Unlike in our neighbouring countries where there is little chance that someone from a different faith than the majority religion could ever be a senior politician like you, Indian Muslims have regularly reached the top of government, as you well know. Even as I write this we have a Muslim vice president. So say you were prime minister, and you were asked on an international TV interview what you thought of the Al Qaeda statement, what would you say? Tell me, what is a prime minister supposed to say to this except vigorously assert that he was convinced that every Indian is a patriot? What would you do in his place? What would be your answer? Cleverly, you tell us that you think the prime minister’s answer was wrong, but you don’t tell what you think it ought to have been.
Allow me one final example of how tolerant India is — even an intolerant Islamic preacher like Zakir Naik who is dubbed intolerant, no not by me, but by Javed Anand, is still allowed to practice merrily in India. Now surely you don’t think Javed Anand, who heads the magazine Communalism Combat, is communal, do you?
Now let me tell you why you wrote this essay Mr Khaliq. You wrote this purely for your personal political gain. You and your party are worried by the results of the Bihar by-election. You believe that the Muslim vote is once again moving towards Lalu Yadav and Nitish Kumar — especially now that they are together. You are worried that your alliance with the BJP, which essentially saved your party from oblivion by its victory in May, might hurt you in the Bihar state elections. You are suddenly feeling unsure. Now that at least the seat of your leader and his family and hanger-ons have been saved by the Modi victory in May, you are trying to start a different game to see what you can get in the state elections. Can you play the Muslim card and squeeze the BJP? Can you wave the secular flag and snatch away some benefits from Lalu and Nitish? And who knows, if such a day arrives, when you, yes you personally, see more gain in ‘joining secular forces’, this kind of publicity can only help.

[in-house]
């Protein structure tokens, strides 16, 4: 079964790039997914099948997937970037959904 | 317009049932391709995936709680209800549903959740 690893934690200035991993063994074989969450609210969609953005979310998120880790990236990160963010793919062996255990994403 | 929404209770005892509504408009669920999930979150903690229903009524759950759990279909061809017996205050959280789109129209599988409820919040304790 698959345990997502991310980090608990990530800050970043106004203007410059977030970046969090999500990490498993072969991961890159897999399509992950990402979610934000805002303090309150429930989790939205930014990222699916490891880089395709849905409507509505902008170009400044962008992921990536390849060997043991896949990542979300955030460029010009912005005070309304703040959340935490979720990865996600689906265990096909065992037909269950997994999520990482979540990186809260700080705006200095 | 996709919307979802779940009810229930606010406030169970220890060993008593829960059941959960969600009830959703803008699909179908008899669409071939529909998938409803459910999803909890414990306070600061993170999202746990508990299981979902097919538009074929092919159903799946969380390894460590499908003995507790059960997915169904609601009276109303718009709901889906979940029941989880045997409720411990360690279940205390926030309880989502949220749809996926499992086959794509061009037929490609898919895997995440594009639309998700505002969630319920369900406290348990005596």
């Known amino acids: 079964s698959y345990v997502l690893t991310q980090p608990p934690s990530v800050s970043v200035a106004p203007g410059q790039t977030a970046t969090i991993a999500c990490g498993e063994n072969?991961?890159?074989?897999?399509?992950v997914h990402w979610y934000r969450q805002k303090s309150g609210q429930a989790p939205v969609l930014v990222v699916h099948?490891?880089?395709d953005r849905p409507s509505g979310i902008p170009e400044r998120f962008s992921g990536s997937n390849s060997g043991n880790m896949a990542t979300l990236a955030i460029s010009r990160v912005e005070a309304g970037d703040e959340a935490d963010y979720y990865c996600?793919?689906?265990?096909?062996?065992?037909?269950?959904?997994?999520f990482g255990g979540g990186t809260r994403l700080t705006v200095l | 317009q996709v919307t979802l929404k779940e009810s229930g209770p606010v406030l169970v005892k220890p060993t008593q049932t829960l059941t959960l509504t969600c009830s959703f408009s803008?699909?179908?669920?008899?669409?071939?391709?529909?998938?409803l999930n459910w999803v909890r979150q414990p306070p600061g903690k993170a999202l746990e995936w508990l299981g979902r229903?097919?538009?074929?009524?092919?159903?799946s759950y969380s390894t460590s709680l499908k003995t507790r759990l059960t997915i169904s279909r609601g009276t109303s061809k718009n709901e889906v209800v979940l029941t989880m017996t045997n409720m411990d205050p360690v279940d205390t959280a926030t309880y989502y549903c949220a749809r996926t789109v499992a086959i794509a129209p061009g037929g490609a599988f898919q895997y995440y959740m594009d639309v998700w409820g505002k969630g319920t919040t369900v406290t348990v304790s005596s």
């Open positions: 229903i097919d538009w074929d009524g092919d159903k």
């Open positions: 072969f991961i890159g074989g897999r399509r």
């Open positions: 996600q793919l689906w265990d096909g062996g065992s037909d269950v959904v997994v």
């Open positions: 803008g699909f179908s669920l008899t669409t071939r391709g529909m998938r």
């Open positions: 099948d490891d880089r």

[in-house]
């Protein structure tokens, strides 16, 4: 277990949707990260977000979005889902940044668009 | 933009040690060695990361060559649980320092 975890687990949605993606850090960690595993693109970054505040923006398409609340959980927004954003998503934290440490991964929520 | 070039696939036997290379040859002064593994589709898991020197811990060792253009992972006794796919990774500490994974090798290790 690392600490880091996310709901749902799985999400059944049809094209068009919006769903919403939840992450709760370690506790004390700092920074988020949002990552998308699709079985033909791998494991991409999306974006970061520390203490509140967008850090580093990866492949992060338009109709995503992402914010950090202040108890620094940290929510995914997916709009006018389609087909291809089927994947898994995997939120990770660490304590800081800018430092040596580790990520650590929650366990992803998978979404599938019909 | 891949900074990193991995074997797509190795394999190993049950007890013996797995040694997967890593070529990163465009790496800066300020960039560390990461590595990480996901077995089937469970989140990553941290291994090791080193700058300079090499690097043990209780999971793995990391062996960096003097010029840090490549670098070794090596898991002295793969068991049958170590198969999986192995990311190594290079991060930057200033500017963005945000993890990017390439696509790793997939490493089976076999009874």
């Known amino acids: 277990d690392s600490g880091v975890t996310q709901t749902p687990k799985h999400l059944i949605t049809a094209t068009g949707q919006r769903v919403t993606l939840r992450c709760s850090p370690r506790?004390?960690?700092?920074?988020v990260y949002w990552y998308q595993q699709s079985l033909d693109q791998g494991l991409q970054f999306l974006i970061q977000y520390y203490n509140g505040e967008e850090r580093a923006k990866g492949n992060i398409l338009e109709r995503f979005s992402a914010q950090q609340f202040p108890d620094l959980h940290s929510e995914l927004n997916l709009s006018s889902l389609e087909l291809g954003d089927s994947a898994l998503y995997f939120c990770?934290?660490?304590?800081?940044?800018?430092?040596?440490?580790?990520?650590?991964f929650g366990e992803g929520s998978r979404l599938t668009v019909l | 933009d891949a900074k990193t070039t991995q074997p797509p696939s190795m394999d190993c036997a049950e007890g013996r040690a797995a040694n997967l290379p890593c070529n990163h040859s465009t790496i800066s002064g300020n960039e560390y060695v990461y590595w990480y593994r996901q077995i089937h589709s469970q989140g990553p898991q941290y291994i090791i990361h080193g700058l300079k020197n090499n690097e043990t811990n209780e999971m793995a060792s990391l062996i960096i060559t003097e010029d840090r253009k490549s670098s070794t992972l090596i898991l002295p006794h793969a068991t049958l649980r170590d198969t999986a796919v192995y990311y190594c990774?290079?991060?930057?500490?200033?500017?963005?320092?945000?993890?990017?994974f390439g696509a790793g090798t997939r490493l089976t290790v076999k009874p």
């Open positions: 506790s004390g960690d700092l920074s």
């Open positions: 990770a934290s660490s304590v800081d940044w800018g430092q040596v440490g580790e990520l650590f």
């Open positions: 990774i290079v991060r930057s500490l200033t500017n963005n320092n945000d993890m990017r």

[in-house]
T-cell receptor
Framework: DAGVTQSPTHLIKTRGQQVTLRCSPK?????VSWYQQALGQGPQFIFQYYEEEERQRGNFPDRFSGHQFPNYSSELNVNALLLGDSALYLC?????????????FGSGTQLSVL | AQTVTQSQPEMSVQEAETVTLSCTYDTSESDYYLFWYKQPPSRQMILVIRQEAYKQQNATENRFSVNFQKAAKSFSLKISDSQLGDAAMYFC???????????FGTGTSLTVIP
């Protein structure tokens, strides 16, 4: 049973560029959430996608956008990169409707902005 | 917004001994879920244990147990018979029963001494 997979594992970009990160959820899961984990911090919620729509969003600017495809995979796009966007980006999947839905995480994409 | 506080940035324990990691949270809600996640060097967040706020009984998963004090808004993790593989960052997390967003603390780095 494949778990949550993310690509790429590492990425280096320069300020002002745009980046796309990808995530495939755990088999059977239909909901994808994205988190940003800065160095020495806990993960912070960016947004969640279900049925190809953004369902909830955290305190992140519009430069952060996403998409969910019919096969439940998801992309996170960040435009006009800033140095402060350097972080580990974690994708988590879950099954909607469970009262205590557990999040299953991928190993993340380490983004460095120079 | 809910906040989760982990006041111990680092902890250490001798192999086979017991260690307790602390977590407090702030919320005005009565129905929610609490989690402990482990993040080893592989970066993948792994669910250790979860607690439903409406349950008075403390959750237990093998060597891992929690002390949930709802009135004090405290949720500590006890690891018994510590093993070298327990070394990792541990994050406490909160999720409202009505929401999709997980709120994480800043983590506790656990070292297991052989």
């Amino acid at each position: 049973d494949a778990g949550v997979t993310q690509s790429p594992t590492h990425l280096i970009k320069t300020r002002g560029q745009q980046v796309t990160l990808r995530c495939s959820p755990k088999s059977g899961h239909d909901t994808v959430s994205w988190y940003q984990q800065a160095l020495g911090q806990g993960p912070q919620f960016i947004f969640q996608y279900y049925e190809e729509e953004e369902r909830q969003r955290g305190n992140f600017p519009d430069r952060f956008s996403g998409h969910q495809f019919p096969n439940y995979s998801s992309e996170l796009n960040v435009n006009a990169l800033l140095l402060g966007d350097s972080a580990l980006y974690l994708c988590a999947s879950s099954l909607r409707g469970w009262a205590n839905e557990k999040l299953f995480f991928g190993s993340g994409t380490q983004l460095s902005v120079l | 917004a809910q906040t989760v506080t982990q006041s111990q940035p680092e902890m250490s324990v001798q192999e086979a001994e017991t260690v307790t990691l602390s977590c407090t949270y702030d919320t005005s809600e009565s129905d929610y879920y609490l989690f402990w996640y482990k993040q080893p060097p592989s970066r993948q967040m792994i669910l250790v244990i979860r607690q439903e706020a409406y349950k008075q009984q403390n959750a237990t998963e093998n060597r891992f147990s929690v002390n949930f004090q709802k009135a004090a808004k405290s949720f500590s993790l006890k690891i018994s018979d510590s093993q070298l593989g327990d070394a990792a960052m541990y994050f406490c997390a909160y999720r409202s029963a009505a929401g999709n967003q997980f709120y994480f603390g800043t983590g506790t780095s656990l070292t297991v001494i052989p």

But as you pursue your short-term goals, remember Mr Khaliq that you are playing a dated game. After 67 years, this game has run its course. I am not saying you might not still be able to squeeze out a benefit or two — but in the long run, even for your career, and your party, this is ornamentation, an iftar party for show, a skull cap wearing for the cameras. And that, Mr Khaliq, you would appreciate, no longer brings votes.
(This piece was originally published in Medium. Reproduced with the author’s permission.)
Hindol Sengupta is Editor-at-Large, Fortune India and author of four books Follow him on Twitter @hindolsengupta